Maclaren pushchairs safety issue highlights lack of UK consumer awareness on rights

The duty of care owed to consumers by the manufacturers and suppliers of everyday products should always be borne in mind when injuries result from their use. Indeed, recent reports of Maclaren pushchair recalls in the US have served to highlight the potential benefits of pursuing compensation claims where the normal use of goods has caused injury. The Maclaren pushchair incident, which involves the recall of approximately one million buggies in the US following fifteen accounts of injuries to children that were reported to the US Consumer Product Safety Commission (CPSC), brings to light how differing standards, expectations and actions can cause discrepancies in other countries. Specifically, the Maclaren pushchair incident has shown that decisive action soon followed complaints made in the US, whereas a completely different outcome has resulted in the UK.

In fact Maclaren, which is a British based company that has produced a range of pushchairs for various international markets over a the last few decades, has chosen not to recall any buggies in the UK – despite the fact that many of the models recalled in the US are sold in large quantities throughout the UK. A statement released by Maclaren explained that the decision was based on the fact that only one report of an injury had been made to UK Trading Standards authorities and that, generally speaking, there was far less concern in the UK than in the US. However, a BBC report identified that hundreds of British parents have since come forward to detail accounts of injuries – some of which involve finger amputations – that have been inflicted upon their children through the use of Maclaren buggies.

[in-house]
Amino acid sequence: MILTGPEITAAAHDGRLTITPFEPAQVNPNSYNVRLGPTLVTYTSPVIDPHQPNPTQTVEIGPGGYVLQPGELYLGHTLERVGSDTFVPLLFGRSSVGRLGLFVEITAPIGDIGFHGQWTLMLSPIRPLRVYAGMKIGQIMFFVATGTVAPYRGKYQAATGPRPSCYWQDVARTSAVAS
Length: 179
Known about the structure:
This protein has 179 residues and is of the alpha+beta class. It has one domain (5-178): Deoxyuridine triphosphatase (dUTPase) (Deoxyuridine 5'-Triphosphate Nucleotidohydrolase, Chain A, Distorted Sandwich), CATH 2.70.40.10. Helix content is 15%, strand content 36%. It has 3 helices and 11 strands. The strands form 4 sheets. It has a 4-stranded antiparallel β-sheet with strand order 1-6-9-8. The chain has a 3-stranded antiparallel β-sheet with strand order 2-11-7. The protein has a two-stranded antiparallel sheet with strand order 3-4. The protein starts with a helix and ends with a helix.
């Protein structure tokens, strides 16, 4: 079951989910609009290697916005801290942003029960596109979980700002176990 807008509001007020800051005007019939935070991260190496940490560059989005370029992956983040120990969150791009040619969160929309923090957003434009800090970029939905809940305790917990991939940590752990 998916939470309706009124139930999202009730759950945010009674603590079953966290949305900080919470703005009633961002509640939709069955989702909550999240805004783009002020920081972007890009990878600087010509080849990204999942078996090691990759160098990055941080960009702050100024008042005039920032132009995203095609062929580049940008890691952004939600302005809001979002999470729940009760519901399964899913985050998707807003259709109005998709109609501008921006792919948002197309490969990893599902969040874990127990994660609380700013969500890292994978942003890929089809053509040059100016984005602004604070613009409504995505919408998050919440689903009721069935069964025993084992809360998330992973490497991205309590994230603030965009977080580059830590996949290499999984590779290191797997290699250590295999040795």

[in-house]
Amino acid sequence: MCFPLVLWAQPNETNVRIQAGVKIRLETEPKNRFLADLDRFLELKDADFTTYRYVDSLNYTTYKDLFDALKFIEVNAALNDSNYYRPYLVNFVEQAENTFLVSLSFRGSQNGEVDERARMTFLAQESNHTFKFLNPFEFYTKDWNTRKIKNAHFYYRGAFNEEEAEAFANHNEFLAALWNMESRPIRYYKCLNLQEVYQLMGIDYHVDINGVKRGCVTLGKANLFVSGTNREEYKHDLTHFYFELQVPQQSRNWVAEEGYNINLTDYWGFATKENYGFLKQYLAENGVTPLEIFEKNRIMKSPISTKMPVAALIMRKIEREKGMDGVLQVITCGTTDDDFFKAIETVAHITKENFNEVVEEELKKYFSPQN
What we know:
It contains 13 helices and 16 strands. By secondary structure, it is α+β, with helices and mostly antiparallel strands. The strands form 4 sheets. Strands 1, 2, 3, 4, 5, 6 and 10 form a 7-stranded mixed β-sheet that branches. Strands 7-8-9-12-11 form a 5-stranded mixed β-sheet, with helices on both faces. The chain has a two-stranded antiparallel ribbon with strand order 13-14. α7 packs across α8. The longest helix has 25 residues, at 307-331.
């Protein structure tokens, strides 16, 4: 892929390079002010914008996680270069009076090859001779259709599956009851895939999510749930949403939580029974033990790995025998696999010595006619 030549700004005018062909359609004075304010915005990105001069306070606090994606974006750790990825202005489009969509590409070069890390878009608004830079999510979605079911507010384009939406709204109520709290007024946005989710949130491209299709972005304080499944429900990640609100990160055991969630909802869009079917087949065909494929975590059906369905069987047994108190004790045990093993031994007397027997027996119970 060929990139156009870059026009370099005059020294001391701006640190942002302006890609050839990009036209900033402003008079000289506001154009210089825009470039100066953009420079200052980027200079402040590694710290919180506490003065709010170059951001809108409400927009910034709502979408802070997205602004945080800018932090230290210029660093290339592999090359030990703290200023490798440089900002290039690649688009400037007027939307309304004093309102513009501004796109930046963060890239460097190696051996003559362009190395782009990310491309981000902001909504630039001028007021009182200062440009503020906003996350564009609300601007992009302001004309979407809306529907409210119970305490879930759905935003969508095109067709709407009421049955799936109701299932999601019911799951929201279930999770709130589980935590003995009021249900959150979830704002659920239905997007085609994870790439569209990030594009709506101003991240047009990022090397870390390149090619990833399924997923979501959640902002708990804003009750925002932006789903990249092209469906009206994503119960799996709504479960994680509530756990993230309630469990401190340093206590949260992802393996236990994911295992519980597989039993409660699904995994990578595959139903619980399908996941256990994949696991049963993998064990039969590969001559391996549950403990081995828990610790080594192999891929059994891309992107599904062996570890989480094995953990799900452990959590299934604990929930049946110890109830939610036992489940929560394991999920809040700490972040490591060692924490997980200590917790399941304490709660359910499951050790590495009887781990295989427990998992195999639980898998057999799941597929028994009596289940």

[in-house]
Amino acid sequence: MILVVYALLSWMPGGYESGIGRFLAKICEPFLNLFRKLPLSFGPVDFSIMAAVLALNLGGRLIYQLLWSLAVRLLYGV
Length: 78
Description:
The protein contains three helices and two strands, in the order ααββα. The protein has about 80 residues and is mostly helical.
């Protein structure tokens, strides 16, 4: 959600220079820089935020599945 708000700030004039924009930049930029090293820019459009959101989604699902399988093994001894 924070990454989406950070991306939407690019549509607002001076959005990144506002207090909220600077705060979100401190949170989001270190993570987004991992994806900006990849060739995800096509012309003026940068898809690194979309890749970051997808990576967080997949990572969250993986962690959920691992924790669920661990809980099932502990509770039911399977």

Thus, it would appear from the ongoing Maclaren pushchair case that consumers in the UK are either less inclined to report incidents of products causing injury than those in the US or they are less aware of their legal rights on the subject. In fact, there are a number of routes that can be pursued when a product causes injury and reporting any such incident to Trading Standards is often the most useful place to start. Of course, the primary concern in the present case is whether the affected Maclaren models are indeed safe to use, so as to avoid further injury to children. However, parents must also be made aware that other legal remedies exist in addition to reporting such incidents to Government watchdogs.

In particular, the law aims to provide redress to those who suffer injuries that were caused by others. Specifically, the landmark case of Donoghue and Stevenson in 1932 introduced the elements of duty, breach and damage to the English legal system and also extended the neighbour principle, which essentially determines the extent to which the duty of care applies between two or more parties (this was further expanded in the three stage test outlined in Caparo and Dickman). Ultimately, if reasonably foreseeable harm is inflicted upon a claimant who is directly or closely affected by the defendant’s actions, compensation can be awarded assuming it is fair, just and reasonable to do so.

Therefore, it is absolutely essential that members of the public seek legal advice where products have caused physical injury through normal use (or sometimes even when misused), as not only may the law afford them compensation but the companies involved in the production of such products can take steps to avoid any further injuries. As the contrasting response to the Maclaren incidents in the US and UK have highlighted, saying nothing results in nothing. Claim today!

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